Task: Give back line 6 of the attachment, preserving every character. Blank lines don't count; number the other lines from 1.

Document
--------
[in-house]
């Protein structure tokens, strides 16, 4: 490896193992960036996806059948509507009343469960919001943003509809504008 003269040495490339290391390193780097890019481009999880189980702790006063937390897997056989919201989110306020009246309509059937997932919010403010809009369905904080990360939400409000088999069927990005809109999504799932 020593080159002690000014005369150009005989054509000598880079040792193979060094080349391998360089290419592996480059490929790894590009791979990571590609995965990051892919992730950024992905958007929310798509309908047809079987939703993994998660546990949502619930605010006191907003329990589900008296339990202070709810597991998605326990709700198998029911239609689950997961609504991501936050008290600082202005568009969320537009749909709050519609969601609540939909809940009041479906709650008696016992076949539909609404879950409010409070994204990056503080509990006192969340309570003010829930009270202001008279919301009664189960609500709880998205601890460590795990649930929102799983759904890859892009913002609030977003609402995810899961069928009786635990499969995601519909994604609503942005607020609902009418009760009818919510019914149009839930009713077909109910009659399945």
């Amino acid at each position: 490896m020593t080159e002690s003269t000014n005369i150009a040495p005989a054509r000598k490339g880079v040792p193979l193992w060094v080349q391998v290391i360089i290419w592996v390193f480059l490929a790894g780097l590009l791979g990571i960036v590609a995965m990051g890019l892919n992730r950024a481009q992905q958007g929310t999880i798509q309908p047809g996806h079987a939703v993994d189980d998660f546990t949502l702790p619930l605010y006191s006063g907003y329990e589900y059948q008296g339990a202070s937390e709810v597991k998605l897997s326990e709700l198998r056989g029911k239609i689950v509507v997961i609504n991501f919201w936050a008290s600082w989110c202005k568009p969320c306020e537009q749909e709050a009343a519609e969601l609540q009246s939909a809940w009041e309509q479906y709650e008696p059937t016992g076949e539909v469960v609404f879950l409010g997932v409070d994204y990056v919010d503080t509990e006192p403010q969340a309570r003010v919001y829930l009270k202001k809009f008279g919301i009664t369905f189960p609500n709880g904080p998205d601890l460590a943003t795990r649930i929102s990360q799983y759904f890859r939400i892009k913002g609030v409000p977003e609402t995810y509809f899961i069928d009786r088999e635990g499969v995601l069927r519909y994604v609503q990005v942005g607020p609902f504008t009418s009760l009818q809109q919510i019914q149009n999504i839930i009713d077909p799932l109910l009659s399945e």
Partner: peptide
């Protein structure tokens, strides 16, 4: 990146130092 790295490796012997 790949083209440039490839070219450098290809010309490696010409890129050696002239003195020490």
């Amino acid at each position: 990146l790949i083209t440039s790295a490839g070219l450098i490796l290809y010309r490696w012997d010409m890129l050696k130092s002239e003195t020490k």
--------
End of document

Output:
């Amino acid at each position: 990146l790949i083209t440039s790295a490839g070219l450098i490796l290809y010309r490696w012997d010409m890129l050696k130092s002239e003195t020490k």